Stereotypes don’t always die a natural death; sometimes you have to kill them.

Take the one about the disappearing black males, the men who are never around to provide guidance and serve as role models. Don’t believe it.

Instead, watch what’s happening at Futures Academy, School 37, where black men are volunteering to mentor eighth-grade boys in one of the city’s “turnaround” schools that got a new principal last year and a staff overhaul.

The initiative pairing more than a dozen men and boys is an outgrowth of the Schools of Wisdom program that the Rev. Gene Coplin has run for years at Futures and other schools as part of his Project LEE – Learning and Earning Experiences – that drives home to students the importance of deportment, attitude and grades to be successful.

This spring, he recruited African-American men to work one-on-one with the boys. He also provided another dimension: teaching what it means to be a gentleman, a term that seems quaint in an age when music companies make money showing black boys how to act like thugs, demean women and “dis” authority.

Coplin has been fighting that trend for years, teaching kids the importance of good decision-making. Now he’s getting help from other men.

The role models met the students for the first time this week at the Carlton Street school on the near East Side. The men come from all walks of life, recruited in venues ranging from colleges to black churches. They have one thing in common: a desire to give back by preparing the next generation.

“It starts at home, but if we can get the children to focus when they are under supervision, they will begin to look at the world as a different place,” said Andrew Scott, 25, a SUNY Buffalo State psychology major. “I think they’ll have a sense of direction coming out of this program.”

Archie Galloway, 56, a retired state Department of Transportation supervisor, already raised his son as a single father. Now he wants to help other boys.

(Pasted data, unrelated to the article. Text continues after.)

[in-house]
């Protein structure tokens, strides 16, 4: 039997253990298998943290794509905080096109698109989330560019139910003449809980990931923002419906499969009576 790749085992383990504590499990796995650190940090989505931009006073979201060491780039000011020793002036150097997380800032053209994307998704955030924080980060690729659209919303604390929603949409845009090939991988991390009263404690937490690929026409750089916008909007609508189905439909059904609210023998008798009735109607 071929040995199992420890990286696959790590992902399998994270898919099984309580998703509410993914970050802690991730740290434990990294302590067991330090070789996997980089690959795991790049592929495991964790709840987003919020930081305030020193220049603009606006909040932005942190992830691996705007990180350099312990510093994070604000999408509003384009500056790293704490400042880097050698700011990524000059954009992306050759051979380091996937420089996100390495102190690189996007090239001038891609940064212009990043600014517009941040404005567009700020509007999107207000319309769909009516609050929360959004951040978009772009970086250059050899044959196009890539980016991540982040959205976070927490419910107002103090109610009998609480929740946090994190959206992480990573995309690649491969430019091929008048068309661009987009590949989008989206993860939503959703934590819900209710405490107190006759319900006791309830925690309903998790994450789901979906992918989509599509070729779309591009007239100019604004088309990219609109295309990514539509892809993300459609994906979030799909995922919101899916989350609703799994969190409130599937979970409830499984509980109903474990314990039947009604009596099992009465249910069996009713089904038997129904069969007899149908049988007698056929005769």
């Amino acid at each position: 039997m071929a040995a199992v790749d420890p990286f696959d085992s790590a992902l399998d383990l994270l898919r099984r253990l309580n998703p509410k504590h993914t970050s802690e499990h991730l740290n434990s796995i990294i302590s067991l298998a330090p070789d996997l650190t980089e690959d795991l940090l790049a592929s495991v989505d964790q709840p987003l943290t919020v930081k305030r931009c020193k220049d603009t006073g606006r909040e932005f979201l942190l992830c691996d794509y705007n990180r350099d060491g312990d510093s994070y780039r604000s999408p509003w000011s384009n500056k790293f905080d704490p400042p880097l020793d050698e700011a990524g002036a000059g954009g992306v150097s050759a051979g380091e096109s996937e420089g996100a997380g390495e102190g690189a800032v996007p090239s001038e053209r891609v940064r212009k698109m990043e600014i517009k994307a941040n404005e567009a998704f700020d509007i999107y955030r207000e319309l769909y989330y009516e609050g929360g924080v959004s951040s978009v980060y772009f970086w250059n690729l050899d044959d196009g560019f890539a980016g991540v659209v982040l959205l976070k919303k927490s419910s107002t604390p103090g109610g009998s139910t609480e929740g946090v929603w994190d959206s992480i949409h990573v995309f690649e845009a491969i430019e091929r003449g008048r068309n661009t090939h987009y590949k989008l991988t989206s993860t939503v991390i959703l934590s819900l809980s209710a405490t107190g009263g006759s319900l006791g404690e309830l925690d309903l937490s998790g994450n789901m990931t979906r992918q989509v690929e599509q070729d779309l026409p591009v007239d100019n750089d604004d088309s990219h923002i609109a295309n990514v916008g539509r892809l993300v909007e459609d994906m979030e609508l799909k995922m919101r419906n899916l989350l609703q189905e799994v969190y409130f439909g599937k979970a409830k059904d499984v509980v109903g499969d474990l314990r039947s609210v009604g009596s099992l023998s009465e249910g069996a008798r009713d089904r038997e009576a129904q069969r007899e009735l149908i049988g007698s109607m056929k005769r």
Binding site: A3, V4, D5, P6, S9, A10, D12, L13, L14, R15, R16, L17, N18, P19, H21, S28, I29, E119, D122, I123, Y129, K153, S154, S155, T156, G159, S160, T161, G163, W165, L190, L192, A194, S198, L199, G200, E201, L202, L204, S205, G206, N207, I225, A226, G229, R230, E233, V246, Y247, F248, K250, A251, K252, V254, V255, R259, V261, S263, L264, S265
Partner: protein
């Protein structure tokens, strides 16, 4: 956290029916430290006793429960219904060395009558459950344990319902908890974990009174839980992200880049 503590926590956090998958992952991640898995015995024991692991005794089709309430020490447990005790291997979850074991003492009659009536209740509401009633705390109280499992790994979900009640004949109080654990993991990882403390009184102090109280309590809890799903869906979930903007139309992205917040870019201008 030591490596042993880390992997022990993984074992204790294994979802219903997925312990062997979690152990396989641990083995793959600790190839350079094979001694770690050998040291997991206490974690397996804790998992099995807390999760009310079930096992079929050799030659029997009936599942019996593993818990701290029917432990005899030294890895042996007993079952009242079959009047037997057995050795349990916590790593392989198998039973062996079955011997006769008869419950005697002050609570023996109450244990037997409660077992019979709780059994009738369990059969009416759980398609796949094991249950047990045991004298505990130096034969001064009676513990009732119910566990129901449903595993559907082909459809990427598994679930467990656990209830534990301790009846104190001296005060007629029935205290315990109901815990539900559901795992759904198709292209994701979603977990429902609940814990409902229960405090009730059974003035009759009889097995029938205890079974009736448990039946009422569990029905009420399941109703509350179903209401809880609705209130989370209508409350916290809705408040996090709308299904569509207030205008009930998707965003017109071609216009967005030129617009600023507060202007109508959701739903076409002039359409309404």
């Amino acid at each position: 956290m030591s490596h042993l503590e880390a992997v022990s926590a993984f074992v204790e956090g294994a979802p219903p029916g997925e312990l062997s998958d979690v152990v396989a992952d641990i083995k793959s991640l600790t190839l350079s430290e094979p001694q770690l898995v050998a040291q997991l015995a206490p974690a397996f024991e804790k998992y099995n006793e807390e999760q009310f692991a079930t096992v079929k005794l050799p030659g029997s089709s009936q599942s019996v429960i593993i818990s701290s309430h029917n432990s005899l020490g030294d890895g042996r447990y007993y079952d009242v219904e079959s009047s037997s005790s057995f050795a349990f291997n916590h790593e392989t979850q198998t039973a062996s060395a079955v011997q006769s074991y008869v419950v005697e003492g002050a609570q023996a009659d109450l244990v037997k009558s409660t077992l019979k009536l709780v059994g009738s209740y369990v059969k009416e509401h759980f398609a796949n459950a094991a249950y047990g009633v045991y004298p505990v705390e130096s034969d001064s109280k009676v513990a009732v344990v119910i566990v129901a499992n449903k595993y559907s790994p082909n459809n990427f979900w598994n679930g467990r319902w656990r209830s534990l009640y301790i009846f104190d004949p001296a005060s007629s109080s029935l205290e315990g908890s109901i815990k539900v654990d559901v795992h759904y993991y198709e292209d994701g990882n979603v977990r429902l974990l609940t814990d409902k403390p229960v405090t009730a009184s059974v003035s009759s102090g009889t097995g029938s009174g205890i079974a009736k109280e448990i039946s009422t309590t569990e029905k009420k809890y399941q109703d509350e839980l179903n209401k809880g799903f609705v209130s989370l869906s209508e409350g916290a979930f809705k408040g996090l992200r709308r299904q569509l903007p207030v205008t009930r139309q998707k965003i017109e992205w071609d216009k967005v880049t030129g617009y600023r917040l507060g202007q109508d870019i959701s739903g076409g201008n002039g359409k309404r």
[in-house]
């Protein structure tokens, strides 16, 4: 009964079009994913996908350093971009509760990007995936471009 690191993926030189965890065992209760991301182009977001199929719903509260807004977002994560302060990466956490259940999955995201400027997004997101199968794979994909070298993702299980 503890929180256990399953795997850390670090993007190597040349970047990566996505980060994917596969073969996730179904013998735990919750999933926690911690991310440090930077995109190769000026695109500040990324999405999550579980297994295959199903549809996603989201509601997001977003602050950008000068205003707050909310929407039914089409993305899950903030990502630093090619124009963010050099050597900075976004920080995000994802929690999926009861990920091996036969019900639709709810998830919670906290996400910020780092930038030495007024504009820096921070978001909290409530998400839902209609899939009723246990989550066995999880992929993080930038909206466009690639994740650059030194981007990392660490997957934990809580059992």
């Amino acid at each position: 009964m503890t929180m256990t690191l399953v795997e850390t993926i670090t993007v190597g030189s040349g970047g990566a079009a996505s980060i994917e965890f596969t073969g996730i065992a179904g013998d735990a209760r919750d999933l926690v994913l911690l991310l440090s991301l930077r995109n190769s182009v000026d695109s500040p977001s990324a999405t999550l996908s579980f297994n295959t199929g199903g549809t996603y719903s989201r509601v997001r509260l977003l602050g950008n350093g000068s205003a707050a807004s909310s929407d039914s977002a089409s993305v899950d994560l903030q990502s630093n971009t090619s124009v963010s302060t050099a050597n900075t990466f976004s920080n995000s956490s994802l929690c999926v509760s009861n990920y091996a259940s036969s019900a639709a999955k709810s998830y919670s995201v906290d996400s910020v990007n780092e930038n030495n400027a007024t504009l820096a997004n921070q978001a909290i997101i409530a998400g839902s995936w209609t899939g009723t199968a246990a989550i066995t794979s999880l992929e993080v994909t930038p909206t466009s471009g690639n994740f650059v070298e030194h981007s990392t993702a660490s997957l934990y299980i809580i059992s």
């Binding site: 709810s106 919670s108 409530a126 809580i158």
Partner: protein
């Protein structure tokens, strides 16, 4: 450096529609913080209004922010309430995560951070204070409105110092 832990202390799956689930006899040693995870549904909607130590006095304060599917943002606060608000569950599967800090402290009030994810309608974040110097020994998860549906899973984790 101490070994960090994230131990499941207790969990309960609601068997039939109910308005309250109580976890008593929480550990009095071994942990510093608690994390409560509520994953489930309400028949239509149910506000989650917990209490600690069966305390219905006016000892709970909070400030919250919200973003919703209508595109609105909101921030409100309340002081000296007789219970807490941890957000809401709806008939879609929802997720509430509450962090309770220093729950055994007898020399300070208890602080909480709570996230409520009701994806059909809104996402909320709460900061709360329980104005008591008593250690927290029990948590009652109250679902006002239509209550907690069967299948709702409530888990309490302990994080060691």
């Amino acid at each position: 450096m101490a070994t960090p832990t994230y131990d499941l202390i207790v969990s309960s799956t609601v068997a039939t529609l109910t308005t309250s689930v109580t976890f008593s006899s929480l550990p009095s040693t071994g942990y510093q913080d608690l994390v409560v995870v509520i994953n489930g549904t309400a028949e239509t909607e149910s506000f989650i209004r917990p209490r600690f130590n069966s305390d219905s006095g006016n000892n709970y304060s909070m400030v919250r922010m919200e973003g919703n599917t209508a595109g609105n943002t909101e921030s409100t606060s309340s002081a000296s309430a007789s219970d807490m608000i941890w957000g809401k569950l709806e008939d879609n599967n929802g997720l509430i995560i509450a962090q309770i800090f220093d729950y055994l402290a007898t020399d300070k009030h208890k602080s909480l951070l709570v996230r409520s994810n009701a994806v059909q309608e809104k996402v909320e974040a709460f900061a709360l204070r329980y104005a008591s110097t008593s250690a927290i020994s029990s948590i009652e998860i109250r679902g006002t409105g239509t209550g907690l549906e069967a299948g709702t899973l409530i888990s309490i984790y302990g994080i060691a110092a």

“I want to try to show a positive image to them,” said Galloway, who responded to Coplin’s pitch at Zion Dominion Church on Sunday.

“If I can show him what a man is supposed to be, if he hasn’t had that in his life already, that’s what I want to do.”

Many haven’t had that example. But even those who have – a couple of fathers were on hand at Futures – “need the extra reinforcement,” said Coplin, himself a School 37 graduate who has been working in schools since the 1990s.

His group mentoring already has improved attendance and cut “behavioral infractions with the young men,” said Principal Tonja Williams.

Now the one-on-one help is preparing the boys for a “gentlemen’s day” when they will demonstrate their new social graces by opening doors and carrying books for girls in the school, which uses single-gender classes and is partnering with a variety of education consultants to improve achievement.

But the effort won’t end with gentlemen’s day. Coplin said the mentors will work with the boys through high school to prepare them for Say Yes to Education’s offer of a free college education.

In the process of helping kids, Coplin and the mentors are also answering all of the critics who wonder why strong black men are nowhere to be found.

If you can’t find them, you’re searching in the wrong places. Try looking for them in the lives of School 37’s kids.